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You Could Win $1 Billion of Warren Buffet's Money – But Consider Your Odds Before You Get Too Excited


Nearly impossible.

Billionaire investor Warren Buffett wears Creighton stickers as he pretends to propose to McKenna Lutz, 8, prior to the start of an NCAA college basketball game in Omaha, Neb., Saturday, March 8, 2014. (AP Photo/Nati Harnik) AP Photo/Nati Harnik

Billionaire investor and entrepreneur Warren Buffett has a pretty sweet NCAA bracket promotion with Quicken Loans: Correctly guess all the winners of this year's college basketball tournament and win a billion dollars.

But your odds of winning are astronomical.

Billionaire investor Warren Buffett wears Creighton stickers prior to an NCAA college basketball game in Omaha, Neb., Saturday, March 8, 2014. (AP)

The promotion, appropriately called the Quicken Loans Billion Dollar Bracket Challenge, will be open to the first 15 million people to set up an account through Yahoo!

Sounds like a pretty simple way to win a cool billion, right?

Not exactly.

According to the Washington Post, the odds of entering a perfect bracket in a contest sponsored by a company owned by Buffett’s Berkshire Hathaway company are approximately 9.2 quintillion-to-1.

Sure, there’s a chance of winning, but it’s not much.

Your odds of winning improve to “one in 128 billion if you know something about college basketball,” Jeffrey Bergen, a math professor at DePaul University, told USA Today.

Buffett, a noted sports enthusiast, told ESPN he was so excited for the bracket challenge that he wrote the policy himself.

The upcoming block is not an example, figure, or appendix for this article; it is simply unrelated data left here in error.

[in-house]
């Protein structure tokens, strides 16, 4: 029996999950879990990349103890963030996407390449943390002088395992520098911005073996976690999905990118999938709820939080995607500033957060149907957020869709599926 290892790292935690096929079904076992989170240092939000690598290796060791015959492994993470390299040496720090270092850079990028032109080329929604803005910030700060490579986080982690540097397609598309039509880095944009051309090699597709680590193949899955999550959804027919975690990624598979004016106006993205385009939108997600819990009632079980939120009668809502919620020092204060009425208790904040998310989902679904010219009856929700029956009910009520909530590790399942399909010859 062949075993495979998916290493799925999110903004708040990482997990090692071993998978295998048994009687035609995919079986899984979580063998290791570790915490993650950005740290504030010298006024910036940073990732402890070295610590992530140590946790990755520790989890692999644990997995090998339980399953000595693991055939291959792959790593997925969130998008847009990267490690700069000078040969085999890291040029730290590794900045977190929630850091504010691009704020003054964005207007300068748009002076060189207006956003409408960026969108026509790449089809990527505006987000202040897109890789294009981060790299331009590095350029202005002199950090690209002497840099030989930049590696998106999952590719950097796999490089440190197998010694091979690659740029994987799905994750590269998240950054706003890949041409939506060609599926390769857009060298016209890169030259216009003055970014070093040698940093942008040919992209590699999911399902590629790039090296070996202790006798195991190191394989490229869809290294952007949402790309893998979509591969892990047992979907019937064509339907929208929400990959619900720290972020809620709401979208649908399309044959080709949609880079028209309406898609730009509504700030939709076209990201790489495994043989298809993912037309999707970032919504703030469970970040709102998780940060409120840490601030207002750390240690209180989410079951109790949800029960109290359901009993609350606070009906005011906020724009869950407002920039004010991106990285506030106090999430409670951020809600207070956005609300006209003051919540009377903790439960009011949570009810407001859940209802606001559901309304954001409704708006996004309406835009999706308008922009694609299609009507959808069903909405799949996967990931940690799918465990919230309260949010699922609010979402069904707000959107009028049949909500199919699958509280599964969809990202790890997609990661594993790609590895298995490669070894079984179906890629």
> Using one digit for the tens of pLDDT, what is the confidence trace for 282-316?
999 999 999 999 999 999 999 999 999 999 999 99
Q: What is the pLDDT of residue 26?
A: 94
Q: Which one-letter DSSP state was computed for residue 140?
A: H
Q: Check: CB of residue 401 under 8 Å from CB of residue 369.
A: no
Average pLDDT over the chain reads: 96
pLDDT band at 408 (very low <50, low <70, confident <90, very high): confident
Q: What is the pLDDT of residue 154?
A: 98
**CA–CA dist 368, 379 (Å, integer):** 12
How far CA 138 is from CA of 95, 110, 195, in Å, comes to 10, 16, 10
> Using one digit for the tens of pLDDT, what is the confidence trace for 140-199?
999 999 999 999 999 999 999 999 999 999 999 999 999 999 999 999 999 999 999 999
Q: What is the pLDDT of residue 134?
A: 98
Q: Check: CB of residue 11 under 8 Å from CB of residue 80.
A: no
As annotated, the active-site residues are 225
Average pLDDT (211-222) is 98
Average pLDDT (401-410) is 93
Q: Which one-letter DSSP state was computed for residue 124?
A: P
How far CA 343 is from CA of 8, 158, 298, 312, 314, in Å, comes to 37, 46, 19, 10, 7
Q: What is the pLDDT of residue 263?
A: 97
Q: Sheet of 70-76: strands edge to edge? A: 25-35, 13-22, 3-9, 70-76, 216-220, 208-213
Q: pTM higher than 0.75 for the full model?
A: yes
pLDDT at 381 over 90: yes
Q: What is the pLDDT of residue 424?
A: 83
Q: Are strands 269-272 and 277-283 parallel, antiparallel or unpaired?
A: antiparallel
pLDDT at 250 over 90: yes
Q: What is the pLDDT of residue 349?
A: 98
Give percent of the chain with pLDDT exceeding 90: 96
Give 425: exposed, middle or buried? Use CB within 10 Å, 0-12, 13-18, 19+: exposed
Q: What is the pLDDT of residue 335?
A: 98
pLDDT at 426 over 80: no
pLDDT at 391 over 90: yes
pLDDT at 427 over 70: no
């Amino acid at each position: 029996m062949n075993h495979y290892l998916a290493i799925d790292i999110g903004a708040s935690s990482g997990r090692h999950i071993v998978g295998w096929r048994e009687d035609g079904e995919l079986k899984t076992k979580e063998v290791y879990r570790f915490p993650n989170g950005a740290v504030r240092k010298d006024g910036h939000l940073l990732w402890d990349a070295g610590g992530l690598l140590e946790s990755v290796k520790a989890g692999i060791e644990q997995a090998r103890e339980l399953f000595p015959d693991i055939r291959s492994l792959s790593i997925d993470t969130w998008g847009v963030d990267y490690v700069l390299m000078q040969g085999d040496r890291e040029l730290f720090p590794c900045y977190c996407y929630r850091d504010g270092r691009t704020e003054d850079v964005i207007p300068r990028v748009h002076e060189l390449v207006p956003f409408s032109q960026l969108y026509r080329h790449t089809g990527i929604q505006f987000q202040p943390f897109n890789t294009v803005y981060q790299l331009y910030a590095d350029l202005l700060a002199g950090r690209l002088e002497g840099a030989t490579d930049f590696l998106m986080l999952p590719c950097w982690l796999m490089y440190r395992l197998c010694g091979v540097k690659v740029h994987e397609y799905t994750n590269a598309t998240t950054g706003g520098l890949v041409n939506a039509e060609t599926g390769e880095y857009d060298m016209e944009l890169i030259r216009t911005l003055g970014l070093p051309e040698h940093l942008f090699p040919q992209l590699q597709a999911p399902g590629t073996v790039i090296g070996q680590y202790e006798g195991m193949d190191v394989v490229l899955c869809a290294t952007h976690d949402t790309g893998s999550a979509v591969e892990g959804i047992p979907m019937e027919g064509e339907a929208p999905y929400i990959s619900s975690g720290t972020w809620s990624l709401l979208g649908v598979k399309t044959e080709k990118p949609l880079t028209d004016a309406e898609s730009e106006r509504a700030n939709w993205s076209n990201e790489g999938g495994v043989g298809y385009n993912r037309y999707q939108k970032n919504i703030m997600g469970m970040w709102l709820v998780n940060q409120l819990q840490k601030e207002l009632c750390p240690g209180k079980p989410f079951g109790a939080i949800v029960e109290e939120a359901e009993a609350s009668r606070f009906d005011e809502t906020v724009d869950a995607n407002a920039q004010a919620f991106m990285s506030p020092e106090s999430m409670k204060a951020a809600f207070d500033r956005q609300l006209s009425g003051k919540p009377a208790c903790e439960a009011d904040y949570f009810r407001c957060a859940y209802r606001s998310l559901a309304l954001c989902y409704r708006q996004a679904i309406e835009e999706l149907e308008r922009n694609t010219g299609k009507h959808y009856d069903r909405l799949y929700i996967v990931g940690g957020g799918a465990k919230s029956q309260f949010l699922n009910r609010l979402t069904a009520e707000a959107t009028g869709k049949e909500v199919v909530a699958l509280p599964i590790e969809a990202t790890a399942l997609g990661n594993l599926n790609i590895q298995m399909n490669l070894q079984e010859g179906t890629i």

“I just sat right in that chair,” he said in his office, “and I did the calculations. Took me about 10 or 15 minutes. I hope I did it right.”

And there’s no reason to doubt Buffett wrote it himself. There’s also no reason to doubt he’s well aware of the fact that out of more than 30 million entries, no one has entered a perfect bracket in the 16 years ESPN has been doing the challenge.

It’s worth pointing out that the contest isn’t a total waste of time. Indeed, Quicken will award $100,000 to each of the 20 contestants with the most accurate brackets. So at least there's that.

And, again, there is a chance someone wins the big bucks from Buffett, a possibility he has already considered.

“I think they should put us on a split-screen TV,” Buffett said, referring to himself and hopeful bracket challenge contestants. “And on every shot, every free throw, they’d show us, and one of us won’t be happy."

Follow Becket Adams (@BecketAdams) on Twitter

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